You might think that being celiac you will have an extremely hard time in Japan, but don’t despair! While it may be true that finding gluten-free food in Japan can be harder than in a lot of other countries, it is not impossible.
You just have to prepare a little more in advance: know which food you can safely eat, which to avoid and, most important, which are some of the best restaurants for finding gluten-free food. When travelling, safety is always important; and being safe is the only way we can truly relax and enjoy our trip.
So… check out our short guide and learn more about gluten-free food in Japan!
- Rice, the staple food in Japan, is gluten-free
- Gluten-intolerance is not as widespread in Japan as elsewhere, and many people are unaware of it
- There are plenty of dishes you can eat safely: sashimi, edamame, kaisen-don, tofu, etc.
- Soy sauce, miso and vinegar are some of the most common ingredients you should avoid
- Even if the concept of gluten-free is not as widespread in Japan, there are still a lot of places where you can eat safely, especially in Tokyo
Gluten in Japan: an overview
Even if rice, which is gluten-free, is the most common ingredient in the Japanese diet, a lot of dishes still contain gluten, so it is necessary to be careful. For example, a problem can arise with soy sauce, usually fermented with wheat; and a huge number of Japanese dishes use soy sauce in one way or another.
You also have to be aware that, in Japan and in the rest of Asia, being celiac is not so common, and so a lot of people have never heard of gluten-intolerance.
Besides, it is quite uncommon for someone to ask a chef to modify a dish; in fact, doing so can be seen as rude. So, don’t be surprised if a chef refuses to do so. Don’t get angry. Just make clear everything you need from the beginning and, if necessary, change restaurants.
What food is gluten free?
You will be happy to hear that the staple food in Japan is rice, which, of course, is gluten-free. The variety of rice used in Japan is called “glutinous”, but don’t let that fool you: it only means the rice is “sticky”, not that it contains gluten.
There is one variety of rice, called zakkoku-mai (cooked with barley, oats and other grains) that is not gluten-free.
Besides rice, maybe the most popular Japanese dish is sushi, which if prepared without soy sauce, along with sashimi – fresh seafood served with grated horseradish – is completely gluten-free. Kaisen-don is a similar dish, but the ingredients are placed on top of a bowl of steamed rice (which is not cooked with vinegar).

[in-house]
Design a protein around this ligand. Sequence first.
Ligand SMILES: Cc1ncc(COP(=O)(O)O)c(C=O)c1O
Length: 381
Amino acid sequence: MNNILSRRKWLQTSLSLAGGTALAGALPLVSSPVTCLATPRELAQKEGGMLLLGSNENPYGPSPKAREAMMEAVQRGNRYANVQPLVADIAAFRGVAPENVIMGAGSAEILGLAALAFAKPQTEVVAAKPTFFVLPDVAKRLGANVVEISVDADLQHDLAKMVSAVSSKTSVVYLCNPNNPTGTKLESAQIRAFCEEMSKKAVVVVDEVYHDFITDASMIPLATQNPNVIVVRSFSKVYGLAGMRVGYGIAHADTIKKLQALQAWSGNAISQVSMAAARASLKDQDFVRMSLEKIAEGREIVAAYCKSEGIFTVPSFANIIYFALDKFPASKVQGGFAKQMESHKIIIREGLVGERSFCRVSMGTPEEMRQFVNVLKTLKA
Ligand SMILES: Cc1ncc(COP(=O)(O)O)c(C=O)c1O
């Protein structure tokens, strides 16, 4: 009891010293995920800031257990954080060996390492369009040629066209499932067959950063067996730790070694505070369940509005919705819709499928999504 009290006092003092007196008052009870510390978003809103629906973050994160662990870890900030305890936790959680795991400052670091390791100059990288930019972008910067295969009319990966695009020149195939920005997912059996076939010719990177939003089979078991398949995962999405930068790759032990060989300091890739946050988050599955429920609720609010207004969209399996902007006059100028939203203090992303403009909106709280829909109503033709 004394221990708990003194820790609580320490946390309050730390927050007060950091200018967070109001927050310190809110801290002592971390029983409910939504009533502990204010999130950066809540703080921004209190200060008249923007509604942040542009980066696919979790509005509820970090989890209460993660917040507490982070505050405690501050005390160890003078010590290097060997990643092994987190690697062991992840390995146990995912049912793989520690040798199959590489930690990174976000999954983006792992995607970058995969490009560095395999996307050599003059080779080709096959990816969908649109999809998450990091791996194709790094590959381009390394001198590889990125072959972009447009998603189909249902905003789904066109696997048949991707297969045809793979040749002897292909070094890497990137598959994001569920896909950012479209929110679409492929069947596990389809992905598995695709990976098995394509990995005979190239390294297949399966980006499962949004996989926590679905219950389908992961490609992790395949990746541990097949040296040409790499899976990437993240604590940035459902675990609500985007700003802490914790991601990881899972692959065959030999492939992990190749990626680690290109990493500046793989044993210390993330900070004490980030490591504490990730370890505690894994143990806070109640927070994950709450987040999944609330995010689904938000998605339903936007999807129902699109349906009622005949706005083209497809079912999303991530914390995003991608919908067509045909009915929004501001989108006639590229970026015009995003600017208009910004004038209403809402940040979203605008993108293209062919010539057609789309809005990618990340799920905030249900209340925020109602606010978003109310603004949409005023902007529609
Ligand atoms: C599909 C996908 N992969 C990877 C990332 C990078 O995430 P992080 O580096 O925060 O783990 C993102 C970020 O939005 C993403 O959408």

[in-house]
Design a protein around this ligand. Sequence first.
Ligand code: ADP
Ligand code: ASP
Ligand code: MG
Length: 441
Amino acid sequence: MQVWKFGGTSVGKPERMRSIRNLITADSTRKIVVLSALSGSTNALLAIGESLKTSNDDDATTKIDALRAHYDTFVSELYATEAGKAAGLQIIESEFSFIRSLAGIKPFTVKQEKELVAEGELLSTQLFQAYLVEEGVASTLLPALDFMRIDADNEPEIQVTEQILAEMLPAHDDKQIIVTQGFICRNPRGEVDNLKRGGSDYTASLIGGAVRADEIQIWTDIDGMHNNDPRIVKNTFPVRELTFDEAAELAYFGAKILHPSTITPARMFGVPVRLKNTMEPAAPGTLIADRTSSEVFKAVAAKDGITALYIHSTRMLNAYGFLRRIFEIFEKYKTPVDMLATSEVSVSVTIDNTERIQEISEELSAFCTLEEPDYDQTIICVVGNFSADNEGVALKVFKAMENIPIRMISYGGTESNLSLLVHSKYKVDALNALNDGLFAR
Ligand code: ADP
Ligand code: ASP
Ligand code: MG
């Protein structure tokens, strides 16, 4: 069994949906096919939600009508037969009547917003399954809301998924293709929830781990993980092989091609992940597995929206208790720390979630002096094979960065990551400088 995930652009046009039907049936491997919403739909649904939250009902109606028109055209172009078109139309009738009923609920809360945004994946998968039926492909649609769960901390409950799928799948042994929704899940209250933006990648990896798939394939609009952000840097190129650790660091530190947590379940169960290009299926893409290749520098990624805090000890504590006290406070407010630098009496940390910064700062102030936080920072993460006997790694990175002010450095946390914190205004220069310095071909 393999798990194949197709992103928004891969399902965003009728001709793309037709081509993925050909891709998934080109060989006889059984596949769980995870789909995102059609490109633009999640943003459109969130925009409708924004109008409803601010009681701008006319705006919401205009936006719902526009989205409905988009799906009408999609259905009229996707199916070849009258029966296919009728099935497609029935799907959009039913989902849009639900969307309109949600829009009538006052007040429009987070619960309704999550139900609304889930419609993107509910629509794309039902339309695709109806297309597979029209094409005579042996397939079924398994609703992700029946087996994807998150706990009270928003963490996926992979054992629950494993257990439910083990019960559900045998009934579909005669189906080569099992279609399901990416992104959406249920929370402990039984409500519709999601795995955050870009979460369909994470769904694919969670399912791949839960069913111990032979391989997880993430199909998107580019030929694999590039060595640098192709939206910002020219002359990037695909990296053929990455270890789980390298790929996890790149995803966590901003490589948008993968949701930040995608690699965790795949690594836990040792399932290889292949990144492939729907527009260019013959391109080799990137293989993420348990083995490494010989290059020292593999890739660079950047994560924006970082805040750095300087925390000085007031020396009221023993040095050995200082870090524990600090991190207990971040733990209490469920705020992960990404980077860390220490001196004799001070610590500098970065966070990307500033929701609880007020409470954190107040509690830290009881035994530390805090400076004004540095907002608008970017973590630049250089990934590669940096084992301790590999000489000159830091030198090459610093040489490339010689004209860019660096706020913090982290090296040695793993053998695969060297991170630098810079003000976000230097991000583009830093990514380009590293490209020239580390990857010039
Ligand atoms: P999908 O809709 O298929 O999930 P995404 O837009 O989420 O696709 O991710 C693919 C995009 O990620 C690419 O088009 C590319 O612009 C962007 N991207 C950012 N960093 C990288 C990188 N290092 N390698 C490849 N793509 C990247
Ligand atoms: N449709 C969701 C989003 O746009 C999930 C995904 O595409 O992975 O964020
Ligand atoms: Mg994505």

You will also be happy to know that you can freely eat soba, a kind of noodle made with buckwheat flour (which, despite the name, doesn’t contain wheat). Soba is served in a hot soup with a dipping sauce.
Tofu is gluten-free as well: it is nutritious and tasty. Just avoid marinated tofu, usually made with non gluten-free sauce.
And if you like meat, try yakitori, pieces of grilled chicken on a skewer. Usually, you can choose between two options: shio (with salt) and tare (marinated). Choose the shio, as the tare may contain soy sauce that is not gluten-free.
Other generally gluten-free foods
Some other foods that you can eat without any worries are:
- onigiri without soy sauce
- sushi prepared without soy sauce (avoid unagi)
- sweet potatoes
- seaweed that is not flavored with soy sauce
- harusame noodles made with rice, sweet potatoes etc.
- yakiniku or Korean barbecue (but avoid sauces containing soy sauce)
Foods to avoid: common ingredients with gluten
A lot of the most common ingredients used in Japanese cuisine contain gluten. Some of the most common are:
- Wheat flour: used to make some common dishes like ramen, tempura, okonomiyaki and takoyaki.
- Panko: a kind of flaky breadcrumb used to coat breaded foods, like tonkatsu, croquettes and deep-fried shrimp.
- Miso: obtained from fermented soybean paste, extremely common in Japanese cooking. Some brands are gluten-free, but most are made with wheat or rye. If you buy miso from a store, avoid brands that present this character: 麦 (“mugi”, or wheat).
- Soy sauce: made from soy beans, a quintessential seasoning of Japanese cuisine. Sometimes wheat is used during the brewing process. To be safe, buy some tamari soy sauce, made with 100% soybeans (you can bring it with you to the restaurant).
- Vinegar: the variety of vinegar called kokumotsu-su, made from corn and wheat, contains gluten (unlike all other kinds). To be safe, only use vinegar made from rice.
- Fu: a vegan-friendly food you have to avoid if you are celiac.
Useful sentences when ordering
If you don’t speak Japanese, it would be worth learning or writing down some useful words and sentences you could show to a waiter, to warn that you can only eat gluten-free food. The following short list provides you with relevant English words, the corresponding Japanese characters and the transliterations.
- Gluten (麩 質, グ ル テ ン (ふ し つ)
- Soy sauce （醤油）
- 味噌 (み そ)
- Wheat （小麦）
- I have an allergy (にアレルギーがあります）
ni arerugii ga arimasu
- Is there (name of the food you cannot eat) in this? （〜 が入っていますか）
~ ga haitteimasu ka?
- No soy sauce (醤油抜きで）
Shoyu nuki de
Where can you eat?